I've Been Framed

I've Been Framed
by Dorothy Rosby

I stand in the middle of the eyeglass store, surrounded by walls of shiny, new frames with vacant stares. It’s overwhelming. I feel like I’ve walked into an auditorium full of invisible people with poor vision. A very nice technician comes over and casually tells me that if I don’t see anything I like, more will be coming next week. I want to say, “NOOOOOOOOOO!”

Instead, I tell her calmly I don’t need glasses all the time, but I’m at the point where they might make my computer screen clearer, which would be nice, and driving at night safer, which would be even nicer. If they could also not look ridiculous, so much the better. She’s optimistic. I’m not.

I did prepare for this day, though. When I need advice on anything, I go to my good friend Google. So I came armed with tips I got online:

1. Eye wear should reflect your best feature, for example, your eye or hair color. I think my best feature is my instep, but I don’t see how that helps.

2. Frame shape should contrast with face shape. Amazingly, I wasn’t entirely sure what shape my face is, despite having had it for a very long time, so I held my bangs up and stared into the mirror. A rectangle stared back, sort of like a shoe box with eyes, ears, and a nose. One internet source recommended oval or round frames for me, but another disagreed, saying basically, “Wear whatever you want as long as you like it.” Open minded, but not very helpful.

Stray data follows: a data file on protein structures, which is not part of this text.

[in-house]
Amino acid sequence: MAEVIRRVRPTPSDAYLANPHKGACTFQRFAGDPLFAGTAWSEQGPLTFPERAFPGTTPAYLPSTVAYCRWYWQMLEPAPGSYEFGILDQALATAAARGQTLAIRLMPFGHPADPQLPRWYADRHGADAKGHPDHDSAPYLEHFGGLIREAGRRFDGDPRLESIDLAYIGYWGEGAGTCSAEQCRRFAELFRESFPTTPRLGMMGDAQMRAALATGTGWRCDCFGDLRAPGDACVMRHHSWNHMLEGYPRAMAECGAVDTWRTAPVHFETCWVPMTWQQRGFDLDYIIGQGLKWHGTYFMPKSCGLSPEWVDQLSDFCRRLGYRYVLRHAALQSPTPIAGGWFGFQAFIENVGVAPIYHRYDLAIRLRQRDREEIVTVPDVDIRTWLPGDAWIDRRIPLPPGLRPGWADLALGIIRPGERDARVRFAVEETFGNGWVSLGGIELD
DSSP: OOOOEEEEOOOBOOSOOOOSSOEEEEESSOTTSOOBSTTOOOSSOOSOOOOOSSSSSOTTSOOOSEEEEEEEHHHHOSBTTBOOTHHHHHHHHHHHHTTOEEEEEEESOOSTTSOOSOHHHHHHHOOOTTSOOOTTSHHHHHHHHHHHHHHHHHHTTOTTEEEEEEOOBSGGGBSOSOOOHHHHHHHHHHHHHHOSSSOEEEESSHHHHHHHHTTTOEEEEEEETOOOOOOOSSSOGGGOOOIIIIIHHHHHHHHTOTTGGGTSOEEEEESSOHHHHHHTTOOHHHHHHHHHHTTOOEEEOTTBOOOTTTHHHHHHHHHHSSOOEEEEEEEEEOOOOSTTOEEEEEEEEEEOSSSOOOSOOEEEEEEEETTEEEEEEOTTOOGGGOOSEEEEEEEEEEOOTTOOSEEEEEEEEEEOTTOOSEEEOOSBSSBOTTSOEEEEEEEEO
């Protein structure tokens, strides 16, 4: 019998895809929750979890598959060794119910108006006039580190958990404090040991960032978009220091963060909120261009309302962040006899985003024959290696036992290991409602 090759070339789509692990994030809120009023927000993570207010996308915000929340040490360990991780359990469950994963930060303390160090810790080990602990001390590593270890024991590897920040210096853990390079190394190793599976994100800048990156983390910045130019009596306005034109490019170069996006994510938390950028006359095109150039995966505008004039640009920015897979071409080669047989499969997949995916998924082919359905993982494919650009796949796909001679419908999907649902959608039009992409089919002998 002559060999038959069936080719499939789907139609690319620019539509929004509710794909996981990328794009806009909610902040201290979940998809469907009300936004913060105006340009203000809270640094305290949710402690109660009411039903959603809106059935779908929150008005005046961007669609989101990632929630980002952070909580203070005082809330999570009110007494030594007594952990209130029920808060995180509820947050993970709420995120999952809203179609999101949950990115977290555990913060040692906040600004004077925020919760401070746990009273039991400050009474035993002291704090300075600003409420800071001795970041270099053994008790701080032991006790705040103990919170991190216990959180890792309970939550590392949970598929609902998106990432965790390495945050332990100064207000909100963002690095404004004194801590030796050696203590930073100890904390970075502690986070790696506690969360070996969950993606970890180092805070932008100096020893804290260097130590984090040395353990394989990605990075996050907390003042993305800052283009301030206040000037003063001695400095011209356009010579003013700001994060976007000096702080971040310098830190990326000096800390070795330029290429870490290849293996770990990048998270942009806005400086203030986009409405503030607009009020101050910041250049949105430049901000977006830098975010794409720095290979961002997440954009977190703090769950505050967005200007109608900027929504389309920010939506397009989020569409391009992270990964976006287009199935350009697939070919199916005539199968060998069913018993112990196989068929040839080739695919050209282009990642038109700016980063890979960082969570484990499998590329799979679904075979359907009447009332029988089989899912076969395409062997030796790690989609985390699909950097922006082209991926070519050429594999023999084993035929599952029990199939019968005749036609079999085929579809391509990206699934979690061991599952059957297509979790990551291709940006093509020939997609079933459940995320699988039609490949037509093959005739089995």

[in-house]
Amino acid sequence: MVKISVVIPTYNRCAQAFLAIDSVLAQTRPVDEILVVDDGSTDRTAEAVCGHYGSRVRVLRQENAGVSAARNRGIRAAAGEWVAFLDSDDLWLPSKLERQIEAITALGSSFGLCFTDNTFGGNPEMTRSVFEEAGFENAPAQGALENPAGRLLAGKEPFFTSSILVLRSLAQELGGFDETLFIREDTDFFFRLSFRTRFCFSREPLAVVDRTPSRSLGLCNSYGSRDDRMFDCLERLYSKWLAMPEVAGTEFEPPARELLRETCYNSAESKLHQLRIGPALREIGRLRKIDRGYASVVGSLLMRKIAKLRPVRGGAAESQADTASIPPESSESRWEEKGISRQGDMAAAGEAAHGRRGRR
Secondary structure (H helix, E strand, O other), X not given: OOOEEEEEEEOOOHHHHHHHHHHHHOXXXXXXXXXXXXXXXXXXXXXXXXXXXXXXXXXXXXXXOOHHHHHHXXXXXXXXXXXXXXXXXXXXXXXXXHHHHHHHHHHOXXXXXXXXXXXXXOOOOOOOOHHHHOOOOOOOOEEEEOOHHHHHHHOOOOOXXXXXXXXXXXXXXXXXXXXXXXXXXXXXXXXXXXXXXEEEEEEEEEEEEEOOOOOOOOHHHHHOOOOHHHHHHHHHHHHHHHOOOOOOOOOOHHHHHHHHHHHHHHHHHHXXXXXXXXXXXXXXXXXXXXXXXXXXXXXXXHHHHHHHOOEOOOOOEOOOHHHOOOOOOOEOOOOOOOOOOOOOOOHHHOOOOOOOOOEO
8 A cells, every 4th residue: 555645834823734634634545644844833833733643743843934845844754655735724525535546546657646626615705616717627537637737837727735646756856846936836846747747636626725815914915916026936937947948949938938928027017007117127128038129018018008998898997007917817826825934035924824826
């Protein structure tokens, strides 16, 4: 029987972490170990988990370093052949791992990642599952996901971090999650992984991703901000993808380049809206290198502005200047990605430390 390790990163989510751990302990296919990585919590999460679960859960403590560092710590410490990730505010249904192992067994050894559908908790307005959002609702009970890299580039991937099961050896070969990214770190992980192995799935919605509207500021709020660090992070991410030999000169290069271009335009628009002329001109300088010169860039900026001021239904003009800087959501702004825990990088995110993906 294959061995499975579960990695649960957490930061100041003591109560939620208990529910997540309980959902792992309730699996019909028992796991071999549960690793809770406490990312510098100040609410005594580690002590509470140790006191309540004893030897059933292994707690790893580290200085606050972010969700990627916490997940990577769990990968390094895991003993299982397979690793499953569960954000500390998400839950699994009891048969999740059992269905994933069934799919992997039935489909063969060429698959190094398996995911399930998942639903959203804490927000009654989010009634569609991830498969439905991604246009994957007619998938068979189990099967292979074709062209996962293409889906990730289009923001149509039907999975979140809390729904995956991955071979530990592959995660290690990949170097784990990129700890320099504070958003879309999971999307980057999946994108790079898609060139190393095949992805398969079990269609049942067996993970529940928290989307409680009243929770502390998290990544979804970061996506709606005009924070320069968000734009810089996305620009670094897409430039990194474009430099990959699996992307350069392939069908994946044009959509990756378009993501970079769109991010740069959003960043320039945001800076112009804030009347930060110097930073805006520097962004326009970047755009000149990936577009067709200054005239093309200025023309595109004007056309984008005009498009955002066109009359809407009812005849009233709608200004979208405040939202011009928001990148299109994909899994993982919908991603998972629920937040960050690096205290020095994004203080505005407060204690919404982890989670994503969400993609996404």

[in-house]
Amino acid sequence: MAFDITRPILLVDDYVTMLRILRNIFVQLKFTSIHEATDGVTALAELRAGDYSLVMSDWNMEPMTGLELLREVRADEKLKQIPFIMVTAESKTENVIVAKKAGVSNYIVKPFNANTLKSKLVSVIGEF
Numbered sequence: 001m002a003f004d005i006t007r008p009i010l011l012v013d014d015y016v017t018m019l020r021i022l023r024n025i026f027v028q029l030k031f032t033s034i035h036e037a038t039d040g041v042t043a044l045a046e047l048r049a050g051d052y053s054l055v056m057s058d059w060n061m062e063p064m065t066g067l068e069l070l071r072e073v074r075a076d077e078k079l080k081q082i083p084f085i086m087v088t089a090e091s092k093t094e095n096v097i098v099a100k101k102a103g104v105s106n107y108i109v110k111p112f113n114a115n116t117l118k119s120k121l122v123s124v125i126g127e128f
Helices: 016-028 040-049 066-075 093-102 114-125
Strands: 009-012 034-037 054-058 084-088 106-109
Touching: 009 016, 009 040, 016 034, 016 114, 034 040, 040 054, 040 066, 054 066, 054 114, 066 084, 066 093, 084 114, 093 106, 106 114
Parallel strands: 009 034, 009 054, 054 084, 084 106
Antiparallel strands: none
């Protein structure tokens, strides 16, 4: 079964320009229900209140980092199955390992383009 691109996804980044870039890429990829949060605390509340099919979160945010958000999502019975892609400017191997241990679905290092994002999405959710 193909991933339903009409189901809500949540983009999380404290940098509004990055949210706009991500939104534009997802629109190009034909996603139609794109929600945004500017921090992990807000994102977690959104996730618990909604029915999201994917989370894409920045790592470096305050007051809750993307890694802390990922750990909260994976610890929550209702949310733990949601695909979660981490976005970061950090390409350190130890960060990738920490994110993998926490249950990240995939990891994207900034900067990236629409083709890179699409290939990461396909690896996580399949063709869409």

3. Frame size should be in proportion to face size. That makes sense. My reading glasses stick out like the headlights on a motorcycle. It’s not a good look for me and probably no one else either.

4. Choose frames to match your coloring. You might not believe this, but I’m cool. My coloring is anyway. Cool coloring calls for cool glasses, or, at least, glasses in cool colors—black, silver, blue, darker tortoise, etc. I’m not excited about getting glasses, though, cool or otherwise, so I’m thinking of something in a nude.

I tell the technician I want glasses no one will notice, sort of like… contacts. But she has other ideas. She says her philosophy of glasses is, “If you’re going to wear glasses, wear glasses.” In other words, be bold. And I have to admit, she looks lovely in her thick-rimmed black glasses.

I’m not quite that brave. I choose a thinner, blue frame after much deliberation, hemming and hawing, and gnashing of teeth, which you don’t normally hear in an eyeglass store.

My glasses arrive and they are cool. At least their color is. I’ll be honest here. They’re going to take some getting used to. I wore contacts for years and then I had laser eye surgery because I didn’t want to wear glasses. I still don’t. Cool or not.

Dorthy RosbyDorothy Rosby has already misplaced her new glasses.

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